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(Referência obtida automaticamente do Web of Science, por meio da informação sobre o financiamento pela FAPESP e o número do processo correspondente, incluída na publicação pelos autores.)

Multiple abiotic stress, nitrate availability and the growth of wheat

Texto completo
Ge, Y. [1] ; Hawkesford, M. J. [1] ; Rosolem, C. A. [2] ; Mooney, S. J. [3] ; Ashton, R. W. [1] ; Evans, J. [1] ; Whalley, W. R. [1]
Número total de Autores: 7
Afiliação do(s) autor(es):
[1] Rothamsted Res, Harpenden AL5 2JQ, Herts - England
[2] Sao Paulo State Univ, Botucatu, SP - Brazil
[3] Univ Nottingham, Sch Biosci, Loughborough, Leics - England
Número total de Afiliações: 3
Tipo de documento: Artigo Científico
Fonte: SOIL & TILLAGE RESEARCH; v. 191, p. 171-184, AUG 2019.
Citações Web of Science: 0

In the field, wheat experiences a combination of physical and nutrient stresses. There has been a tendency to study root impedance and water stress in separation and less is known about how they might interact. In this study, we investigated the effect of root impedance on the growth of three wheat varieties (Cadenza, Xi19 and Battalion) at different levels of nitrate availability, from 0-20 mM nitrate, in sand culture. This model system allows soil strength to be increased while maintaining adequate water availability. In a separate pot experiment, we grew the same wheat varieties in a loamy sand where soil was allowed to dry sufficiently to both reduce water potential and increase root impedance. This pot experiment also had a range of nitrate availabilities 0-20 mM nitrate. Once the seedlings were established we limited water supply to apply a matric potential of approximately - 200 kPa to the roots. Soil drying increased the penetrometer resistance from approximately 300 kPa to more than 1 MPa. There were differences between the two experimental systems; growth was smaller in the soil-based experiment compared to the sand culture. However, the effects of the experimental treatment, root impedance or water withholding, relative to the control were comparable. Our data confirmed that leaf elongation in Cadenza (carrying the tall Rht allele) was the most sensitive to root impedance. Leaf stunting occurred irrespective of nitrate availability. Leaf elongation in the Xi19 and Battalion (carrying the semi-dwarf Rht allele) was less sensitive to root impedance and drought than Candenza. We suggest that the critical stress in a pot experiment where the soil was allowed to dry to approximately - 200 kPa was root impedance and not water availability. (AU)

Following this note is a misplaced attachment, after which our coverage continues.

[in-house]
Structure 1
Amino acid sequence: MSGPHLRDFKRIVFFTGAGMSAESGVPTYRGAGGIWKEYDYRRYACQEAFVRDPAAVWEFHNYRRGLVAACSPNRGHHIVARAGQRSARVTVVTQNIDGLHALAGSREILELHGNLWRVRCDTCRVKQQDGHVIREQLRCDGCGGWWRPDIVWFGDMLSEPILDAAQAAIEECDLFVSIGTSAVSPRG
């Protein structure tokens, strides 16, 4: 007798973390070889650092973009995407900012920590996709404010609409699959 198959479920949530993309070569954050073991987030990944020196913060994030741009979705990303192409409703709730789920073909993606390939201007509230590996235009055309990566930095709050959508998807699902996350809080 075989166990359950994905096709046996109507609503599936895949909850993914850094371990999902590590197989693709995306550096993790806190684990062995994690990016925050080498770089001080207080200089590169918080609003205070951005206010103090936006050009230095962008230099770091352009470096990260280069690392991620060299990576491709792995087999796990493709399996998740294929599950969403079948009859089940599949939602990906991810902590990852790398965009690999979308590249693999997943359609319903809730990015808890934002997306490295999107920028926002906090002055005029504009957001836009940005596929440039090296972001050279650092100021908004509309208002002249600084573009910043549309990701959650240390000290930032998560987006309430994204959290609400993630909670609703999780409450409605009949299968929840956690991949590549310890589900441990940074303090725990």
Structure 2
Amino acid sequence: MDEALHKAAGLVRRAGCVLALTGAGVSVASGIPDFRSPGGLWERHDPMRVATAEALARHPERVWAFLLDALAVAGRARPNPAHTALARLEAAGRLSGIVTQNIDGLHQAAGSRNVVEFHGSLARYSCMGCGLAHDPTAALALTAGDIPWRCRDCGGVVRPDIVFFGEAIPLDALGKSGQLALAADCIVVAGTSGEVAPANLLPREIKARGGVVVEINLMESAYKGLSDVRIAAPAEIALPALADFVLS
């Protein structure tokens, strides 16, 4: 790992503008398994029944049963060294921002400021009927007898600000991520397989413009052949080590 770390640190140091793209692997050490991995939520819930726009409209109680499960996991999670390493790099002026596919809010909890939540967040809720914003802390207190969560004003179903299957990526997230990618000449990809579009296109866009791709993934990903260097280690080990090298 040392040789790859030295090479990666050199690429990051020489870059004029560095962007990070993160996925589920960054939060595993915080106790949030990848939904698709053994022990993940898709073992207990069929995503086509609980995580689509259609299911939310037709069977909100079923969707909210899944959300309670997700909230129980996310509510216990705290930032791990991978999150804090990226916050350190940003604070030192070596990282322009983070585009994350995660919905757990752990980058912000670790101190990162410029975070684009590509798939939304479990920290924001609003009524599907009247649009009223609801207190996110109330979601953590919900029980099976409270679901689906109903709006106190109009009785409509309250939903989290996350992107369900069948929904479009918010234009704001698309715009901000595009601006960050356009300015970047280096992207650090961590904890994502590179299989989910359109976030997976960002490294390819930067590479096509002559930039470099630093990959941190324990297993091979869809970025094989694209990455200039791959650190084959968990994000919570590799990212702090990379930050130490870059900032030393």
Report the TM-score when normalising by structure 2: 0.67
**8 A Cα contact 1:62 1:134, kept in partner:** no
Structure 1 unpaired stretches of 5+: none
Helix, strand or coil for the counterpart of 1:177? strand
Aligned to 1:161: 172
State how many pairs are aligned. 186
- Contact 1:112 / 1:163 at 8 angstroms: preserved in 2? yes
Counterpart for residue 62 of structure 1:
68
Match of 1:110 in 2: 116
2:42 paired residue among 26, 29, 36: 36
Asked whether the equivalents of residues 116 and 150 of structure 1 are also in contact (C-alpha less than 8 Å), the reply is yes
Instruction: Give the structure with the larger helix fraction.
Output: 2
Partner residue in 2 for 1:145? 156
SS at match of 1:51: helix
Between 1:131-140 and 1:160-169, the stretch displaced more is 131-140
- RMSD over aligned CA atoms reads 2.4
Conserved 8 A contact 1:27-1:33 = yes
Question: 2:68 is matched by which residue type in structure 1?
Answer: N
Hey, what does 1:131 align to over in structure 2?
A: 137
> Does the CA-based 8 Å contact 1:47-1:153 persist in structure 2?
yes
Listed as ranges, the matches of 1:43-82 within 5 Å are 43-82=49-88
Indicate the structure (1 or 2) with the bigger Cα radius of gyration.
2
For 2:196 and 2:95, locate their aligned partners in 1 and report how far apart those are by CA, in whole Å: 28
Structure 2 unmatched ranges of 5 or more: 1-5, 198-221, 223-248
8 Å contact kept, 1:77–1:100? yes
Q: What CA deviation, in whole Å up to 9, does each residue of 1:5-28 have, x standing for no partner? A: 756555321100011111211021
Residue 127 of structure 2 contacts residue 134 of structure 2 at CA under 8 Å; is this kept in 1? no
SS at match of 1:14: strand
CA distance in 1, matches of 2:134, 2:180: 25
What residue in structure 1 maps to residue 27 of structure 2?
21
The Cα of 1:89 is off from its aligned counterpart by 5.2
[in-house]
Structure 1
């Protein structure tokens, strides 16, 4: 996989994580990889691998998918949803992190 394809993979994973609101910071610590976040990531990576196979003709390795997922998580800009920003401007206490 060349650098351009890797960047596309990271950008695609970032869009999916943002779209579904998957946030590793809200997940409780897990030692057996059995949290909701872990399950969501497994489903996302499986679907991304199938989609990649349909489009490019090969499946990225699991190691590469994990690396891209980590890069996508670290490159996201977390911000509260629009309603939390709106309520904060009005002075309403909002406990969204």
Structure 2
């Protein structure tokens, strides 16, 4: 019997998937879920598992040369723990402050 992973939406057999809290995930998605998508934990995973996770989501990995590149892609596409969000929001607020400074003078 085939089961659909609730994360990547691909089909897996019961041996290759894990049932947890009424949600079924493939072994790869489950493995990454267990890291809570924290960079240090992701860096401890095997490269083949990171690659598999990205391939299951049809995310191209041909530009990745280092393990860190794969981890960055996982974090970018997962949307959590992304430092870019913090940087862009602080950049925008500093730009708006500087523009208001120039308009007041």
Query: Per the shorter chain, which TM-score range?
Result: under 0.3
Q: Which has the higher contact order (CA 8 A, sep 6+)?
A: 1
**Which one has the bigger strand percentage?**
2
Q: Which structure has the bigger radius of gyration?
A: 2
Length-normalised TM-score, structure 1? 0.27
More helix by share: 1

Processo FAPESP: 15/50305-8 - A virtual joint centre to deliver enhanced nitrogen use efficiency via an integrated soil-plant systems approach for the UK & Brazil
Beneficiário:Ciro Antonio Rosolem
Linha de fomento: Auxílio à Pesquisa - Temático